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Neurologists' attitudes and options for anticoagulation therapy in central China
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  • Jing Shen,
  • Man Li,
  • Shiyi Cao,
  • Zuxun Lu,
  • Yuanpeng Xia,
  • Shengcai Chen,
  • Ying Bi,
  • Zhuoyuan Cai,
  • Bo Hu,
  • Fei Cao
Jing Shen
Wuhan Union Hospital
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Man Li
Wuhan Union Hospital
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Shiyi Cao
Huazhong University of Science and Technology Tongji Medical College School of Public Health
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Zuxun Lu
Huazhong University of Science and Technology Tongji Medical College School of Public Health
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Yuanpeng Xia
Wuhan Union Hospital
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Shengcai Chen
Wuhan Union Hospital
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Ying Bi
Wuhan Union Hospital
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Zhuoyuan Cai
Wuhan Union Hospital
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Bo Hu
Wuhan Union Hospital
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Fei Cao
Wuhan Union Hospital
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Abstract

Aims: We aim to find out the factors affecting the use of anticoagulants and the intensity of their choices, and to establish a basis for improving neurologists’ effective implementation of the guidelines. Methods: A cross-sectional study is conducted in Hubei province in central China. Each neurologist completes a standard-structured anonymous questionnaire through face-to-face interviews. The problems include the attitude and options about anticoagulant therapy. Results: A total of 611 neurologists from 38 hospitals respond to this survey. For the best treatment of atrial fibrillation, more than 80% of physicians choose anticoagulant therapy. For patients with atrial fibrillation and cerebral infarction, physicians think Warfarin is the preferred drug as high as 93.8%. Among the anticoagulant drugs ever used by clinicians, the use rate of Warfarin is 93.8%, but the use rate of direct oral anticoagulants is extremely low. The use of direct oral anticoagulants is related to the educational level and the geographical location of the hospital. Bleeding risk is the first reason influencing clinicians’ choice of Warfarin, accounts for 88.9%. 97.7% of the clinicians recommend patients with Warfarin regularly monitoring the INR, but the frequency of monitoring is inconsistent. Clinicians have a high willingness to learn about AF, but the proportion of hospitals carry out appropriate training is low. Conclusions: There are still some gaps with the guidelines on the choice of anticoagulant drugs. Neurologists have positive attitude towards anticoagulant therapy and a strong willingness to learn, but the corresponding training is lacking. Continuous professional training is necessary.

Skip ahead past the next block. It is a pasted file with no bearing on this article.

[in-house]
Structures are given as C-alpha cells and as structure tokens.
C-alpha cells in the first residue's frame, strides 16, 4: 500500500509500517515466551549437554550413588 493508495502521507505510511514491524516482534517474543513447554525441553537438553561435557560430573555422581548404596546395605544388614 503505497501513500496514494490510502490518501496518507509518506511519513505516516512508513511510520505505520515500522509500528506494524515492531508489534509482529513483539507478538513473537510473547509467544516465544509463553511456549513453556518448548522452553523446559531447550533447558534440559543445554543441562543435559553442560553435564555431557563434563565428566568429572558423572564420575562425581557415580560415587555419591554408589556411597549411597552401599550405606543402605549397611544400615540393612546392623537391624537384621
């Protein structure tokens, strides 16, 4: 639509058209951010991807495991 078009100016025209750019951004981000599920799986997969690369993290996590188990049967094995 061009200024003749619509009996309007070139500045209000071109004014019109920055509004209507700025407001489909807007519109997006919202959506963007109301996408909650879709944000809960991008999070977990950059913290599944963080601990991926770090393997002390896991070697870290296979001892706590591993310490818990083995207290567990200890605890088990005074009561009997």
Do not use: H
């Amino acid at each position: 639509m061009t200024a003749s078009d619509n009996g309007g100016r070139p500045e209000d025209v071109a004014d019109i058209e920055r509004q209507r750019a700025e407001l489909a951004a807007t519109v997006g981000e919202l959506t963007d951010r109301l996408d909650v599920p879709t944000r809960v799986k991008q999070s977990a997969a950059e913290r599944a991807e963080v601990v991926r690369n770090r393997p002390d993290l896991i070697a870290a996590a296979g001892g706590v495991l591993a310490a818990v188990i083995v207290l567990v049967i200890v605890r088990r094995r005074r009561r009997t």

Peer review status:UNDER REVIEW

15 Jul 2020Submitted to International Journal of Clinical Practice
16 Jul 2020Assigned to Editor
16 Jul 2020Submission Checks Completed
04 Aug 2020Reviewer(s) Assigned